Basic Nutrition Part 3, Proteins

We’ve now covered carbohydrates and fats, so the only macronutrient left to talk about is protein.  Protein (just like carbohydrates and fats) is a very important part of the human diet.  We get protein from various sources, such as meat, eggs, seeds and nuts.

Protein is comprised of amino acids.  The body requires approximately 20 amino acids in a specific pattern to make human protein.  11 of the 20 amino acids can be produced in the adult body.  9 amino acids cannot, therefore these are considered essential amino acids and we must get them from our diet.  In case you wanted to know, here are the 9 we can’t synthesize:

  1. phenylalanine
  2. valine
  3. threonine
  4. methionine
  5. tryptophan
  6. histidine
  7. isoleucine
  8. leucine
  9. lysine

Like carbohydrates, 1 gram of protein equals 4 calories.  However, when sufficient fats and carbohydrates are present in the body, we will not use protein as a source of energy.  Excess protein that is not used for building tissue or energy will be converted by the liver and stored as fat in the body tissues.  Under normal resting conditions, research suggests that 1 to 2% of our total fuel requirements are derived from protein.

So we can see that as we go about the bulk of our daily activities our bodies are either burning carbohydrate or lipids for fuel.  Protein becomes significant under survival situations.  This would look like exercising hard for 1 or two hours without eating anything, or during starvation, deprivation, or a very low calorie diet.  The human body is a marvelous machine and it has a great interest in keeping us alive.  So, during extended exercise without replenishment or starvation the body will cannibalize its own muscle tissue for emergency energy instead of body fat stores.

Seems odd doesn’t it?  Why would our body choose to convert muscle (which we use) instead of fat (don’t really use) for energy in an emergency preservation mode?  Well, I explained in the carbohydrate post that muscle tissue is the largest consumer of energy in the body.  Let’s say hypothetically that we’ve run out of food and we are trapped in our house (doomsday scenario).  We’ll live longer if we store more energy, and we’ll store more energy with a slower metabolism, and without a bunch of lean muscle tissue, we’ll have a lower metabolism.  Preservation tactics.  We see now why we need sufficient calories (via carbohydrate and fat) to keep our body out of preservation mode.  We prefer not to run on protein (via our body eating its own lean muscle tissue) for fuel.

During digestion, our body breaks down large molecules of proteins into the aforementioned amino acids.  These amino acids are the building blocks our body uses to grow and develop all our our tissues, muscles, skin, hair, nails, blood, and internal organs.  Next to water, protein is the most abundant substance in our body.

Recall there are 9 essential amino acids (building blocks).  Amino acids are tricky, and they won’t replace each other.  For us, this means that a daily balanced mixture of the essential amino acids is required.  An imbalance or ingestion of the 9 at different meals instead of simultaneously can lead to dietary insufficiencies.  Not all protein containing foods have all 9 amino acids.  Here’s an interesting fact about the amino acids, if we are consuming protein that is low in 1 of the 9 essential amino acids, the levels of the other 8 will drop to the level of the lowest one.  This would only happen in a chronic condition where the diet is imbalanced for 3 or 4 days, but it shows how important it is that each time we eat protein, we need to get all 9 amino acids.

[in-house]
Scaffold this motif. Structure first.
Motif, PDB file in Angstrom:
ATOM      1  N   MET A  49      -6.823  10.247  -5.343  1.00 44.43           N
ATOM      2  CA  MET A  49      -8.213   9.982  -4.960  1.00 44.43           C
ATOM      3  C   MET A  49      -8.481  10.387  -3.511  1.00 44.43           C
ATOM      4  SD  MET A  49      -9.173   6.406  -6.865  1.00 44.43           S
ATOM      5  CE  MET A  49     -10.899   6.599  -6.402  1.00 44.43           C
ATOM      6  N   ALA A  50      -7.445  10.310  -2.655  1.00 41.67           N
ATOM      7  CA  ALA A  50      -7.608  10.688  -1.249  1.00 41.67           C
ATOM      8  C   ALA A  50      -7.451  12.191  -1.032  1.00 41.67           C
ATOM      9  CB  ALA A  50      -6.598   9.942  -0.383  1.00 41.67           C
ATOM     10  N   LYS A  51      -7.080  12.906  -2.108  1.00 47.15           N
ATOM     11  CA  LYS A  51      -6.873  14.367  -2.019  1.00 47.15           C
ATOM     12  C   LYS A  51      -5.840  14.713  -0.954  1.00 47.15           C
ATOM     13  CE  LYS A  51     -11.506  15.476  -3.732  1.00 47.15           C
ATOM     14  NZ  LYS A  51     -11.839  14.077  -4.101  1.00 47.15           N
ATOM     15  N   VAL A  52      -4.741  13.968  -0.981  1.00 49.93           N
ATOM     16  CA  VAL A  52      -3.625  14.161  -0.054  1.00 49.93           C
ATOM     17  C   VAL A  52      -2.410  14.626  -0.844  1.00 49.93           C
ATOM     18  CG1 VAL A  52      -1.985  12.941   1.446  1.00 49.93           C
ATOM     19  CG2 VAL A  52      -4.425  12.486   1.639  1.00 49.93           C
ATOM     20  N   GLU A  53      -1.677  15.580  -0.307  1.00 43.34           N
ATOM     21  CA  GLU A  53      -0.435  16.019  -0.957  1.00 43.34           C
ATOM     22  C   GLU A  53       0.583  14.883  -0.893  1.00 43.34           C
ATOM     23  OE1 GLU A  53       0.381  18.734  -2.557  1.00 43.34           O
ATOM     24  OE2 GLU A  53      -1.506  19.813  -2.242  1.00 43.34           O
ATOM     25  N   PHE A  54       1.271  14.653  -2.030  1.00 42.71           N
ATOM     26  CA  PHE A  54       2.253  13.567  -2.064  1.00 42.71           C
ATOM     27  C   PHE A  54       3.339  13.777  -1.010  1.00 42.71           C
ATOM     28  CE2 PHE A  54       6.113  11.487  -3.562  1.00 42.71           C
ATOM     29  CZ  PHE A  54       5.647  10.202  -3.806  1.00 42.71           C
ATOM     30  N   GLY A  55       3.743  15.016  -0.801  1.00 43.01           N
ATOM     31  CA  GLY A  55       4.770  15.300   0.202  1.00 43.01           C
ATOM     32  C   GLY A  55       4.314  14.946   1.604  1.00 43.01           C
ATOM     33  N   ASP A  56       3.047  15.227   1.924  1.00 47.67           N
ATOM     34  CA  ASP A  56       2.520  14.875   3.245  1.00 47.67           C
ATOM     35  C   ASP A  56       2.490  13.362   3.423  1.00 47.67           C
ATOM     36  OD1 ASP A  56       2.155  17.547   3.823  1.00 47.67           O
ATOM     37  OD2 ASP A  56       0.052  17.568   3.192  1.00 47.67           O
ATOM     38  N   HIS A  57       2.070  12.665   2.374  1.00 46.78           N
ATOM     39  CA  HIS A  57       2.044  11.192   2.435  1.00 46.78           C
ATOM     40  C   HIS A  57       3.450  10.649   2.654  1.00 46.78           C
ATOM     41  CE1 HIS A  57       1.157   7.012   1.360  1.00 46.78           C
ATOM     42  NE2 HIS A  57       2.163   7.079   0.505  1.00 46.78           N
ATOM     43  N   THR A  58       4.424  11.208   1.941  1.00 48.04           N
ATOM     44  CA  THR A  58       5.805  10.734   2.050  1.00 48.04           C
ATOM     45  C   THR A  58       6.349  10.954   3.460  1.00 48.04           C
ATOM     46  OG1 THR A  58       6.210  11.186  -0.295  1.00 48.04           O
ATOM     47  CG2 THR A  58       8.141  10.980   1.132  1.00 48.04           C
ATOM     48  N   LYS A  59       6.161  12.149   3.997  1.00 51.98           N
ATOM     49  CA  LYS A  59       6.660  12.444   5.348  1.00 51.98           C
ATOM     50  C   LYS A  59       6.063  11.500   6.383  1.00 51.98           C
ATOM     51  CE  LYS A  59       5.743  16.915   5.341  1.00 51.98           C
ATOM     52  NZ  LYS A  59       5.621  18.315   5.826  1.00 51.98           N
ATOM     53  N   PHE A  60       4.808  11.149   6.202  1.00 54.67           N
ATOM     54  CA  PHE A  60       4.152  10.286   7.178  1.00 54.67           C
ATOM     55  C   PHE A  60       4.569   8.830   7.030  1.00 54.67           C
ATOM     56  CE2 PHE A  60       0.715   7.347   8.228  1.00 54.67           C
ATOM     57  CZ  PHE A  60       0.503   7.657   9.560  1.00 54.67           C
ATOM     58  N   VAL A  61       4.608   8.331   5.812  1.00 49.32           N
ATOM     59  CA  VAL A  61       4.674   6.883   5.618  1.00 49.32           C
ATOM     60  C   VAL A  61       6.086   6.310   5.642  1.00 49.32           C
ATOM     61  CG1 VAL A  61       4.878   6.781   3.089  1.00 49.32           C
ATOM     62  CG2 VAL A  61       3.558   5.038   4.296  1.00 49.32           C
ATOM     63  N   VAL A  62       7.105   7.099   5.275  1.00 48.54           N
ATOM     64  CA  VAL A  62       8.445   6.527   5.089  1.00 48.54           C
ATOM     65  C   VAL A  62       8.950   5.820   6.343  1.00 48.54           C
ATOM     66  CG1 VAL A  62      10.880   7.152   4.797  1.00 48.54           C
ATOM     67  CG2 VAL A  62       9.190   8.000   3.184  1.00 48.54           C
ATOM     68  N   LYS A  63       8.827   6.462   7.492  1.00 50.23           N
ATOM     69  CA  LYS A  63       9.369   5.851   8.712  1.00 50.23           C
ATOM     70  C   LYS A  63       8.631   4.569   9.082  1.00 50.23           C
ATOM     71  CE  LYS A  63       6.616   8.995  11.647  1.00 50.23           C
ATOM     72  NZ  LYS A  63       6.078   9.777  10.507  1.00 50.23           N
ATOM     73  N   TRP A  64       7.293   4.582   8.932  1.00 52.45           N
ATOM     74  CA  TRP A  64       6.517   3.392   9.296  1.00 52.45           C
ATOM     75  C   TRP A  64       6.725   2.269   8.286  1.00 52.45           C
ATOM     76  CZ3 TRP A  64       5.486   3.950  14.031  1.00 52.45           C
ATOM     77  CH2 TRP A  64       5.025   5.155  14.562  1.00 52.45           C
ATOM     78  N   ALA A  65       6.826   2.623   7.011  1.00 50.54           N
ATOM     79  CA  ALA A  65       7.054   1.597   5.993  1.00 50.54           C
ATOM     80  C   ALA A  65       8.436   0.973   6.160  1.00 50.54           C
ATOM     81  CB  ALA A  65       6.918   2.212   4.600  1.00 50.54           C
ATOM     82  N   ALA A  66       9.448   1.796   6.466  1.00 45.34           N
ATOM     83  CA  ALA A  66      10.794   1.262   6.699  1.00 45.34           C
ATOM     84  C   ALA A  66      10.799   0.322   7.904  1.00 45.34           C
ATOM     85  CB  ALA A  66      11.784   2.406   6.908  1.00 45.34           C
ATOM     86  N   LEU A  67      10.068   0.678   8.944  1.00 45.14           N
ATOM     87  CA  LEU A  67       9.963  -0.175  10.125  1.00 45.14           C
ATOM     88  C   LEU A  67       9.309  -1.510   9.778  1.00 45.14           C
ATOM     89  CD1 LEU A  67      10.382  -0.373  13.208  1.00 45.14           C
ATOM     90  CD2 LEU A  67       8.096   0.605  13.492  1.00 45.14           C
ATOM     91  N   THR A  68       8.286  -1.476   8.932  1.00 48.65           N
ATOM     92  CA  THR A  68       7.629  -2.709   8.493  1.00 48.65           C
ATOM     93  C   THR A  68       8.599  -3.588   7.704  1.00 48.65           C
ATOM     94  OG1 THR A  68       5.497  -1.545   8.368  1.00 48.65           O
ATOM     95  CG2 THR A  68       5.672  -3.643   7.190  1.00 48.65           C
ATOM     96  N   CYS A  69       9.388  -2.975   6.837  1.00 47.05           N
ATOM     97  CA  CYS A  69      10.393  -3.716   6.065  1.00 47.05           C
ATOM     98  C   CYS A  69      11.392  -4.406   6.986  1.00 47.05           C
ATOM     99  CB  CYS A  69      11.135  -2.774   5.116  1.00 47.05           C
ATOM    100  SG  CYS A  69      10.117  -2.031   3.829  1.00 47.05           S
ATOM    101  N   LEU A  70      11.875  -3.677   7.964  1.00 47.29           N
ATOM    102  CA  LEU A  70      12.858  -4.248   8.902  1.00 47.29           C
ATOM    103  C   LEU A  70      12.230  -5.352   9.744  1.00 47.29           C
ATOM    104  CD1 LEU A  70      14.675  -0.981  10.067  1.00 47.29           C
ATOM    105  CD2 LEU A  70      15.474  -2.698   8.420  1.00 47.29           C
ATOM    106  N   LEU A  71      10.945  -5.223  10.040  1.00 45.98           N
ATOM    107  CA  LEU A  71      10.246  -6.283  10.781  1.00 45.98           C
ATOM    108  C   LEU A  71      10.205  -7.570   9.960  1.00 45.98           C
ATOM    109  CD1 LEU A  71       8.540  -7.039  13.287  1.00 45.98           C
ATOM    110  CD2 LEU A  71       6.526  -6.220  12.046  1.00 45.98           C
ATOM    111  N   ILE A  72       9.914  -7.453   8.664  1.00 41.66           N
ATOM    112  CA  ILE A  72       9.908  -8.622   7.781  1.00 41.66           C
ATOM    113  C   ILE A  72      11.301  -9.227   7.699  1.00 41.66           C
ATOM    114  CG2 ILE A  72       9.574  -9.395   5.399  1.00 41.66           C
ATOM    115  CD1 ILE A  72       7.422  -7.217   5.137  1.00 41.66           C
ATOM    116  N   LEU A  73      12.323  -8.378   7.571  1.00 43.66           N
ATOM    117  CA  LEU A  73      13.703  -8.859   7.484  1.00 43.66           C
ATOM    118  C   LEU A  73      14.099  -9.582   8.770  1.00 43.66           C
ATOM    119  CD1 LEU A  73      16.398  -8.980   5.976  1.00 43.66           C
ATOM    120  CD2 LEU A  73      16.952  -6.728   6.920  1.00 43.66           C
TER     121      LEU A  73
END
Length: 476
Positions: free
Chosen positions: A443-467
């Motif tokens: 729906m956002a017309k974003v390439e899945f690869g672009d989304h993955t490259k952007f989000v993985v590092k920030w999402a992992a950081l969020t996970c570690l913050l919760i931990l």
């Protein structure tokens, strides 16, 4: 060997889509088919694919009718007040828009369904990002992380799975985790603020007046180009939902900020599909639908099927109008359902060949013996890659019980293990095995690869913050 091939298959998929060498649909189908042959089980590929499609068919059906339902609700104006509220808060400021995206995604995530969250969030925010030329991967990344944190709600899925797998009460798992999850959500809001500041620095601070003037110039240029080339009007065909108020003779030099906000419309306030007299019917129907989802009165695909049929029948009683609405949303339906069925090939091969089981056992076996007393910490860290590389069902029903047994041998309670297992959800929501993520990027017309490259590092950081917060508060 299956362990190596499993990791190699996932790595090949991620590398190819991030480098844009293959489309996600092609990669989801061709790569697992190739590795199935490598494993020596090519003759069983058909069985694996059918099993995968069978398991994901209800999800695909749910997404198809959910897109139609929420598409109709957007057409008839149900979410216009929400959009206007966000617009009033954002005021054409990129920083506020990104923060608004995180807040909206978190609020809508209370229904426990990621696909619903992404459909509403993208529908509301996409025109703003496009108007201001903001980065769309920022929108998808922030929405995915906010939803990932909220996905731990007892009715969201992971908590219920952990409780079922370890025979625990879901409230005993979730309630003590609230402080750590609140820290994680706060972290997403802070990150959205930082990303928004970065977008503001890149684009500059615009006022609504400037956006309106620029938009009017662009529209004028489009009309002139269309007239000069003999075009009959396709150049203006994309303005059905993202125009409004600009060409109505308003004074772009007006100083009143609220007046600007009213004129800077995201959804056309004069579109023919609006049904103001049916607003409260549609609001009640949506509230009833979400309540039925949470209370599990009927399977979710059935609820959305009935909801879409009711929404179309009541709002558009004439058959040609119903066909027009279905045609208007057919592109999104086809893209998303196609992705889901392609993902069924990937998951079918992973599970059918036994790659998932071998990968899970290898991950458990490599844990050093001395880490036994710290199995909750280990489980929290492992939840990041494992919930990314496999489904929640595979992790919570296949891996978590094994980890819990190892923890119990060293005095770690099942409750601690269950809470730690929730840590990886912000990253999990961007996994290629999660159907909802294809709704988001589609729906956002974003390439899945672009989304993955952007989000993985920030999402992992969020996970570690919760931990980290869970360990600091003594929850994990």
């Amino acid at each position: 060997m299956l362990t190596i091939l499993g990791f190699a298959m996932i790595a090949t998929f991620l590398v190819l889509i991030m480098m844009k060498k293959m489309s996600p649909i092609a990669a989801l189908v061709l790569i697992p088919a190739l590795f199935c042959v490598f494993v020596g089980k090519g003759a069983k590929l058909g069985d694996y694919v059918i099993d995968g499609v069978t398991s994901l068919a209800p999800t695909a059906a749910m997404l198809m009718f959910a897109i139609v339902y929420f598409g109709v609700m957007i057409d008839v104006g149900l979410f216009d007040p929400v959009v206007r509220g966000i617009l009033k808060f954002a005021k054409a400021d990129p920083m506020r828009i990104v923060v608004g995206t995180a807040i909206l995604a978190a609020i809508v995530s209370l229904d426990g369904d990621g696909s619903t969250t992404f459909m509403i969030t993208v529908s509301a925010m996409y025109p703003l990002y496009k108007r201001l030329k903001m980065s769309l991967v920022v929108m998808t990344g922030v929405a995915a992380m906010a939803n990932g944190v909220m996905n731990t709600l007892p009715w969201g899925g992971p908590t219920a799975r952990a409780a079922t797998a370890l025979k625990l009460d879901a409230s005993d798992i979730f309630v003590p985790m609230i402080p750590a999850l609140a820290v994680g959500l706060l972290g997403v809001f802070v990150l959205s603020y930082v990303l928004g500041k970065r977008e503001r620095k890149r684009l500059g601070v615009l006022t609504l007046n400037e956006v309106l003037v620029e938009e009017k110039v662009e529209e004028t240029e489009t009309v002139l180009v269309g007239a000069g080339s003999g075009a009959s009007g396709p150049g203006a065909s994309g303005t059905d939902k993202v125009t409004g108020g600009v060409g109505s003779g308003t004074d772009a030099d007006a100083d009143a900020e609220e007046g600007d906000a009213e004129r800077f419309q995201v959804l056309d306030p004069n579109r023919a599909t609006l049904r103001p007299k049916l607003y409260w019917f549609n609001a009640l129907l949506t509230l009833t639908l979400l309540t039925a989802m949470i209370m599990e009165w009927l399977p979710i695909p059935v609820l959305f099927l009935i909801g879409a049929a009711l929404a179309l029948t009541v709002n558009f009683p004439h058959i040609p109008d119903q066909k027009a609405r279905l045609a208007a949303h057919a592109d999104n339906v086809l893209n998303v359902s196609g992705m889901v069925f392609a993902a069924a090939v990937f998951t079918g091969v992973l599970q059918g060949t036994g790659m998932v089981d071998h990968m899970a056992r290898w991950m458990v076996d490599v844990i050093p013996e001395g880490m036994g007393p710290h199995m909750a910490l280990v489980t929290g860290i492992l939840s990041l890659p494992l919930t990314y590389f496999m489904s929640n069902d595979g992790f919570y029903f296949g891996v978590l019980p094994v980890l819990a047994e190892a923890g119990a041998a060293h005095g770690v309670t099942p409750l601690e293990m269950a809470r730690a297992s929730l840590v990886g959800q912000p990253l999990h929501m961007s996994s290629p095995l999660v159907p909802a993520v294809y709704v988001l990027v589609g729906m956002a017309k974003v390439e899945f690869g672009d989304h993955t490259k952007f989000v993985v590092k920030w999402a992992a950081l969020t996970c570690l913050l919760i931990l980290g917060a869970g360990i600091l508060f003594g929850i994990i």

Protein from animal sources contain all nine essential amino acids.  Plant sources of protein do not contain all nine.  Animal sources include ruminants (beef, bison, elk, lamb, etc…), poultry (chicken, duck, turkey, etc…), seafood (fish, mollusks, crustaceans), and eggs (typically from the chicken).  In addition to having amino acids we can’t produce, animal protein is rich in micronutrients, some of which we can’t effectively get from plants.  These include vitamin B12 and heme iron.  Eggs, and specifically the egg yolk, are rich in vitamins A, B12, D, E, brain healthy choline, omega-3 fatty acids, and eye healthy lutein.  Note: vegans and vegetarians have options!  I won’t go into detail here, and if you are a vegan or strict vegetarian you’ve likely done your homework and understand how to get your protein and those essential amino acids.  If you have questions, Chris, Annie, or I would love to talk with you.  

The minimum daily protein requirement is variable based on nutritional status, body size, and activity level.  It is recommended that 10-35% of the calories in our daily diet come from protein.  If your body composition consists heavily of muscle, you’ll be on the high side of that, if you are lean, the mid to low side.

Personally, I eat more protein than I estimate that I need.  The last few years I’ve really tried to balance my diet out by making sure that at every meal I have almost twice as many vegetables on my plate as the size of the protein I’m consuming.  This means if I’m eating a chicken breast I’m looking to have two chicken breasts worth of vegetables on my plate.

This concludes our 3 part series on the foundations of nutrition.  Did you enjoy learning about the macronutrients?  I truly enjoyed my research, boiling down all the information, and then attempting to concisely convey it to you all!  Hopefully you’ve found it helpful.

I’m curious to know if there are some other nagging questions about other topics you’d like to see a series of posts on?  Let me know in the comments or in person and I’d consider doing the leg work and writing about what I learn for you!

 

The O-Board Says…

A. EMOTM for 16 Minutes
Odd: 3 Deadlifts
Even: 10 Press (KB/DB)

B. Death by 10 Meters
(Previous death by 10)
Posted by: Stets